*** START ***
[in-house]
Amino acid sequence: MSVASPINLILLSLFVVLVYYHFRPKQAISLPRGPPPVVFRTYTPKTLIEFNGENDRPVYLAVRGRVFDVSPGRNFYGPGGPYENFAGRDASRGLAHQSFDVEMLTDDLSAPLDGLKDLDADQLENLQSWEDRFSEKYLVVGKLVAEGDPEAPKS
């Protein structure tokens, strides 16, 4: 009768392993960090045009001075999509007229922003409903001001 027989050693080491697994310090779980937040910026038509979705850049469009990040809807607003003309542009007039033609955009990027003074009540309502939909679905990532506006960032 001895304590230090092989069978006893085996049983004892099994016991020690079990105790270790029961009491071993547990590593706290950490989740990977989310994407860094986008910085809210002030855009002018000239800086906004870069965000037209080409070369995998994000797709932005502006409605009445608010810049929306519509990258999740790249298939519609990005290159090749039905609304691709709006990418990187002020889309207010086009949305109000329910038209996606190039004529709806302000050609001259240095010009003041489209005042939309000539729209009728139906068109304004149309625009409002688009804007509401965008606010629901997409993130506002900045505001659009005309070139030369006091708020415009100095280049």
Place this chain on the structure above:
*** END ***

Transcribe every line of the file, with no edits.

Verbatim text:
[in-house]
Amino acid sequence: MSVASPINLILLSLFVVLVYYHFRPKQAISLPRGPPPVVFRTYTPKTLIEFNGENDRPVYLAVRGRVFDVSPGRNFYGPGGPYENFAGRDASRGLAHQSFDVEMLTDDLSAPLDGLKDLDADQLENLQSWEDRFSEKYLVVGKLVAEGDPEAPKS
């Protein structure tokens, strides 16, 4: 009768392993960090045009001075999509007229922003409903001001 027989050693080491697994310090779980937040910026038509979705850049469009990040809807607003003309542009007039033609955009990027003074009540309502939909679905990532506006960032 001895304590230090092989069978006893085996049983004892099994016991020690079990105790270790029961009491071993547990590593706290950490989740990977989310994407860094986008910085809210002030855009002018000239800086906004870069965000037209080409070369995998994000797709932005502006409605009445608010810049929306519509990258999740790249298939519609990005290159090749039905609304691709709006990418990187002020889309207010086009949305109000329910038209996606190039004529709806302000050609001259240095010009003041489209005042939309000539729209009728139906068109304004149309625009409002688009804007509401965008606010629901997409993130506002900045505001659009005309070139030369006091708020415009100095280049």
Place this chain on the structure above: